Medical opinion is still split on whether cannabis is physically addictive. Most cannabis users agree that it is a 'mind' thing rather than a 'body' thing, and users who regularly take a break from the drug report no more than mild cravings that are just as likely to be nicotine withdrawal as anything else. Also, these cravings would often only occur at the time they would normally take cannabis - for example, if they were used to having a joint when they got home from work at a particular time, or every Saturday night, etc.

Some pro-cannabis campaigners argue that this puts cannabis on a par with alcohol in terms of use in society, even that it is far safer than alcohol in addictive terms. Just as millions of people who enjoy a drink in the evening wouldn't dream of having a vodka and tonic with their breakfast, so many who enjoy an after-dinner spliff don't have any trouble leading a normal life, and certainly don't reach for the rizlas first thing in the morning.

Another controversial issue is that of 'cannabis psychosis', or long-term mental derangement bought on by cannabis use. There is no real convincing evidence for this, yet it was cited as one of the main anti-legalisation arguments for years. Temporary mental imbalance can and does occur, characterised by paranoia, irrational thoughts and actions and general confusion, although, again, cannabis consumption has to be large and constant - not the case with the majority of casual users. This will usually clear if cannabis use is halted.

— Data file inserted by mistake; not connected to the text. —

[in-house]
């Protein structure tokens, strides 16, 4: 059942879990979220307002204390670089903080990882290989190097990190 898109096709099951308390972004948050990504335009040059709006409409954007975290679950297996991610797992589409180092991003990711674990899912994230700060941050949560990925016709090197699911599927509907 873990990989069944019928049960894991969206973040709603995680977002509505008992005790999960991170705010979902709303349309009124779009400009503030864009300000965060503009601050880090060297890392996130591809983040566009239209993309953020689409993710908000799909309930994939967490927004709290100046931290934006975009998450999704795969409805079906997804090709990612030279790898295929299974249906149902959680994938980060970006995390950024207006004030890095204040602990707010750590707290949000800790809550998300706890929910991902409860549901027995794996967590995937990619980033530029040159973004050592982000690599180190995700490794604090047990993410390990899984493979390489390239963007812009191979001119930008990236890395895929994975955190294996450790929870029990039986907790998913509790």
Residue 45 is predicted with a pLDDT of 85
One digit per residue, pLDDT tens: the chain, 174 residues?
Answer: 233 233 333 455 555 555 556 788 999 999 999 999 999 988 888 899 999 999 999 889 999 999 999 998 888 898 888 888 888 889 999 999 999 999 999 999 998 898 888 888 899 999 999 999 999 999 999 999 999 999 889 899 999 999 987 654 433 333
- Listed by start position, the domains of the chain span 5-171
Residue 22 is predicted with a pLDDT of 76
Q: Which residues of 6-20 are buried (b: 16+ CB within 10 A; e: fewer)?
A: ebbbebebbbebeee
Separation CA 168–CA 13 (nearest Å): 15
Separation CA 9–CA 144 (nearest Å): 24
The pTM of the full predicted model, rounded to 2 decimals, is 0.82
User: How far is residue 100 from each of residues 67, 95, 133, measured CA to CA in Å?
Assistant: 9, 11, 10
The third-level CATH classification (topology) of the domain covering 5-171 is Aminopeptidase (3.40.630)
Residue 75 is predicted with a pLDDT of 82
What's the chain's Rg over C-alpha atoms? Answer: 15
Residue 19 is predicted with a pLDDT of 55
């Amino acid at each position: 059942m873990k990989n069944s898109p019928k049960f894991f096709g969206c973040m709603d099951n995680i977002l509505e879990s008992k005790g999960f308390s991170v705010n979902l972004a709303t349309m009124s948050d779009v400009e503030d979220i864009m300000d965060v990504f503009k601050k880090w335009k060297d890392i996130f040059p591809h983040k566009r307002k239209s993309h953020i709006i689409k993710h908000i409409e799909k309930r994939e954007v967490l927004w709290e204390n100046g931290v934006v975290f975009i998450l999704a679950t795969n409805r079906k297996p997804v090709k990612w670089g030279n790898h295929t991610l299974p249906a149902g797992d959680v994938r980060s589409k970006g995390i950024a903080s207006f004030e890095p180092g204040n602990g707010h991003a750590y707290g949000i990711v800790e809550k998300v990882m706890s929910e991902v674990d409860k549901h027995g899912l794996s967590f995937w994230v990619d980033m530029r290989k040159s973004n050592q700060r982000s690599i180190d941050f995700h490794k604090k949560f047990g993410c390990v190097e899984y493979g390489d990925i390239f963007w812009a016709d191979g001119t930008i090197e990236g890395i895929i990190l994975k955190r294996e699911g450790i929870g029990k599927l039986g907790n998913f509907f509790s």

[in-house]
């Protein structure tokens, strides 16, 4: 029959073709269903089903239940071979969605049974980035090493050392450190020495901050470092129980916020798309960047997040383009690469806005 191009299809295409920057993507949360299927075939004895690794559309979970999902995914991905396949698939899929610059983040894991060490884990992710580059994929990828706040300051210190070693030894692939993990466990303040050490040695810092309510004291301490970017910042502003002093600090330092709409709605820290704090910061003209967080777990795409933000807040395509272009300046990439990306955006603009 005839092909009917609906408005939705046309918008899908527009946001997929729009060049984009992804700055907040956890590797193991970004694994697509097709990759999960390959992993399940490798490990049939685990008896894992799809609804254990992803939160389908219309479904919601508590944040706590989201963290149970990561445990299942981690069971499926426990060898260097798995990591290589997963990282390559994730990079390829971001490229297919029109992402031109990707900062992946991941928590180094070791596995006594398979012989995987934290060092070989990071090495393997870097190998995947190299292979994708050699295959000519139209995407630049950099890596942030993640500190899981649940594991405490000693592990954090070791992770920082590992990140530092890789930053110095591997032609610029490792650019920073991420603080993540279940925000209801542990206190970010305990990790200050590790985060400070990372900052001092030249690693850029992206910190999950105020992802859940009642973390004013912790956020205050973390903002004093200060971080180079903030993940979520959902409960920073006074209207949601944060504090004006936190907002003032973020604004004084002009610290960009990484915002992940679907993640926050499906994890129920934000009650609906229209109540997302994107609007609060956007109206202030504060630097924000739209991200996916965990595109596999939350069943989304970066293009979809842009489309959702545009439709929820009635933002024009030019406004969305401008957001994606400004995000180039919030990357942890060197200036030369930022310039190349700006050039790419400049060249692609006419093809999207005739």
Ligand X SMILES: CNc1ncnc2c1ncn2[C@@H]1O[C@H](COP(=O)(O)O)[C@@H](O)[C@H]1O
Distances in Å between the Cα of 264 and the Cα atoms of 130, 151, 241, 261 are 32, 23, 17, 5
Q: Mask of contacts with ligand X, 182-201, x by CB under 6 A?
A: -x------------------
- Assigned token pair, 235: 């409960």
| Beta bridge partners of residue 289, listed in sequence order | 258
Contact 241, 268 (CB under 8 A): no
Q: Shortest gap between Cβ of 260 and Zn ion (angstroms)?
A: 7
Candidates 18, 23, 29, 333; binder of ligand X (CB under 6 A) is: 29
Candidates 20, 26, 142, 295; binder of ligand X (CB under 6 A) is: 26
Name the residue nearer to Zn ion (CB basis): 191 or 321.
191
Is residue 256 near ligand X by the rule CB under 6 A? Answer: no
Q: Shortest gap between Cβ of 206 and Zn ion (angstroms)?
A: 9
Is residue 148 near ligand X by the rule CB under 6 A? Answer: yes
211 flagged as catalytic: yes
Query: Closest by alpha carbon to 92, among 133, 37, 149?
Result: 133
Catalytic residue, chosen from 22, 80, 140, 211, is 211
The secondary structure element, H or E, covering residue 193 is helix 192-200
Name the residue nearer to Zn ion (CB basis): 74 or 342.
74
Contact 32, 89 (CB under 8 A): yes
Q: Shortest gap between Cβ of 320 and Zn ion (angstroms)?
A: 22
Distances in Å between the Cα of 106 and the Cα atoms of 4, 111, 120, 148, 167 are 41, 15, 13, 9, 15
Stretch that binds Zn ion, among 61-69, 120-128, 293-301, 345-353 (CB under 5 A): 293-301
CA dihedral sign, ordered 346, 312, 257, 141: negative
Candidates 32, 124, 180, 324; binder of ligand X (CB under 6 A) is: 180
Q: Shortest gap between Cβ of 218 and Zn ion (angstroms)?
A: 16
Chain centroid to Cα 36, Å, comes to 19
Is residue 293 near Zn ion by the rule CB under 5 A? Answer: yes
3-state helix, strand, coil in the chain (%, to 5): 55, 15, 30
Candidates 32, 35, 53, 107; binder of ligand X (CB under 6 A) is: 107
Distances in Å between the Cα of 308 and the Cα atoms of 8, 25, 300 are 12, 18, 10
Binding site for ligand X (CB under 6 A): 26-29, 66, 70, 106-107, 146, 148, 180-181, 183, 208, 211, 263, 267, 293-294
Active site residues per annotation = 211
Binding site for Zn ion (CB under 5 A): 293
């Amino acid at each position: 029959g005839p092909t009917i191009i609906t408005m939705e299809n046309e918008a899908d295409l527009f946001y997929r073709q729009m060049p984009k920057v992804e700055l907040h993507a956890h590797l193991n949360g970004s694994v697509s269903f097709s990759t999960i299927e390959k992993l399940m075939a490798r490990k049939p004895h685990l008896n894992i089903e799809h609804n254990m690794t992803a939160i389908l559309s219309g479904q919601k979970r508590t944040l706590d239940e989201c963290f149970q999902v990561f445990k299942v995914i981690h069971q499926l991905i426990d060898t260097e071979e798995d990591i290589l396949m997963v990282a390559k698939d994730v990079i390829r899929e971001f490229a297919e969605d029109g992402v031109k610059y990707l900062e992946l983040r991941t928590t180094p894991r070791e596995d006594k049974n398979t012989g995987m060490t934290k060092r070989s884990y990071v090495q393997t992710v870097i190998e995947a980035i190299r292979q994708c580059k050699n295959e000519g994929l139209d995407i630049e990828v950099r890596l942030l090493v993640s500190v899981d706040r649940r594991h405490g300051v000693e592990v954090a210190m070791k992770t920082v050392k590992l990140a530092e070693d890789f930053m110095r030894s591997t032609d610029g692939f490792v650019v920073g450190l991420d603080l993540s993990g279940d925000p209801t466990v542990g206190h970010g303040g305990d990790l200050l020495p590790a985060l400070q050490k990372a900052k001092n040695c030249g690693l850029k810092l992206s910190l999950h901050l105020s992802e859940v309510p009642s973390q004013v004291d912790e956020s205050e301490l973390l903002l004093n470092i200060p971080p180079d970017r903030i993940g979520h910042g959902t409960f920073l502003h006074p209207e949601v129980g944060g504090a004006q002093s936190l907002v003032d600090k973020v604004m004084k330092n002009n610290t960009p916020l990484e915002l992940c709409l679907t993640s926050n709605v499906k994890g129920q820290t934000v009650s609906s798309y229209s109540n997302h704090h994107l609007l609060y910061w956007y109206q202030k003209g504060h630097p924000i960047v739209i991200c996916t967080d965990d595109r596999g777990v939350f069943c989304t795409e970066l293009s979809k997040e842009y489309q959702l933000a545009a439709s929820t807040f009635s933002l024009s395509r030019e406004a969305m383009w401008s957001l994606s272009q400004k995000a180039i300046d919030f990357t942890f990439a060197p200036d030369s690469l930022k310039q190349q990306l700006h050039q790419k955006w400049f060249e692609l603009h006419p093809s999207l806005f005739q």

In 1988, the American Drug Enforcement Agency reported that 'Nearly all medicines have toxic, potentially lethal effects, but marijuana is not such a substance. Marijuana in its natural form is one of the safest active substances known to man. By any measure of rational analysis marijuana can be safely used within a supervised routine of medical care.' Not that this stopped the DEA spending millions of dollars every year on trying to combat cannabis use.

There is a whole other field of cannabis research - its beneficial effects when used as a medicinal substance - that is too huge to go into here, but sufferers of various diseases, particularly those with MS, have cited cannabis as the only drug that brings them a satisfying measure of relief from their pain.

So the bottom line is that using cannabis is not at odds with an active, happy, healthy lifestyle if taken in moderation. As my grandfather used to say, "moderation in all things."

But it can also take over your life if you let it.

[thanks to various sources: BBC, LCA, the Met etc.]